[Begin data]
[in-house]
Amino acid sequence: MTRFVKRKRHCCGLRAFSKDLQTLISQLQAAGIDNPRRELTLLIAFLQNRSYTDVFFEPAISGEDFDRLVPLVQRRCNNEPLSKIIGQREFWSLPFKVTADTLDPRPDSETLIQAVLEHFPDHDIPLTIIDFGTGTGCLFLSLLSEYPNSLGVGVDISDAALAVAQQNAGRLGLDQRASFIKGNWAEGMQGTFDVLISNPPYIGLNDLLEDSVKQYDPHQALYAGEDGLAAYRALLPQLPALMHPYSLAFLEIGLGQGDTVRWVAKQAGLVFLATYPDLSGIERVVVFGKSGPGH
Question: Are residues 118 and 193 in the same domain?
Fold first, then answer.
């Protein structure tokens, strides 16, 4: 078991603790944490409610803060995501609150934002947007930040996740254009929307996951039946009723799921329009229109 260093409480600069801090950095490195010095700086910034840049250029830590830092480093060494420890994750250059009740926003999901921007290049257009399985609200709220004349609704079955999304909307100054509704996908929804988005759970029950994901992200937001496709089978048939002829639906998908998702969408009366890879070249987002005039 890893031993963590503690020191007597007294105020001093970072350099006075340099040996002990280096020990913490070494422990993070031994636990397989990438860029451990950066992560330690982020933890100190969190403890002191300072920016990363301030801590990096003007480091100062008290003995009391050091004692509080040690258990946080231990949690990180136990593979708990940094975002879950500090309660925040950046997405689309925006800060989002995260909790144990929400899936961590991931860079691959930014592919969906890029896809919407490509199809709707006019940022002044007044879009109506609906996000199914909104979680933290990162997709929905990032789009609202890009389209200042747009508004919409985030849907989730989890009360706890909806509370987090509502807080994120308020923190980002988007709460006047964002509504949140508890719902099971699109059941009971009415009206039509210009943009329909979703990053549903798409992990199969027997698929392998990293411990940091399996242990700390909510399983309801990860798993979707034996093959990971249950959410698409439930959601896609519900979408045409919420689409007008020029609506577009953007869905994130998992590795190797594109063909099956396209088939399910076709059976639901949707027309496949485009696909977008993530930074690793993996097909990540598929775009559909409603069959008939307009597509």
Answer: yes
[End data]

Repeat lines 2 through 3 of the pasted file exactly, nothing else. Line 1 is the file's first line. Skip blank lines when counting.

Amino acid sequence: MTRFVKRKRHCCGLRAFSKDLQTLISQLQAAGIDNPRRELTLLIAFLQNRSYTDVFFEPAISGEDFDRLVPLVQRRCNNEPLSKIIGQREFWSLPFKVTADTLDPRPDSETLIQAVLEHFPDHDIPLTIIDFGTGTGCLFLSLLSEYPNSLGVGVDISDAALAVAQQNAGRLGLDQRASFIKGNWAEGMQGTFDVLISNPPYIGLNDLLEDSVKQYDPHQALYAGEDGLAAYRALLPQLPALMHPYSLAFLEIGLGQGDTVRWVAKQAGLVFLATYPDLSGIERVVVFGKSGPGH
Question: Are residues 118 and 193 in the same domain?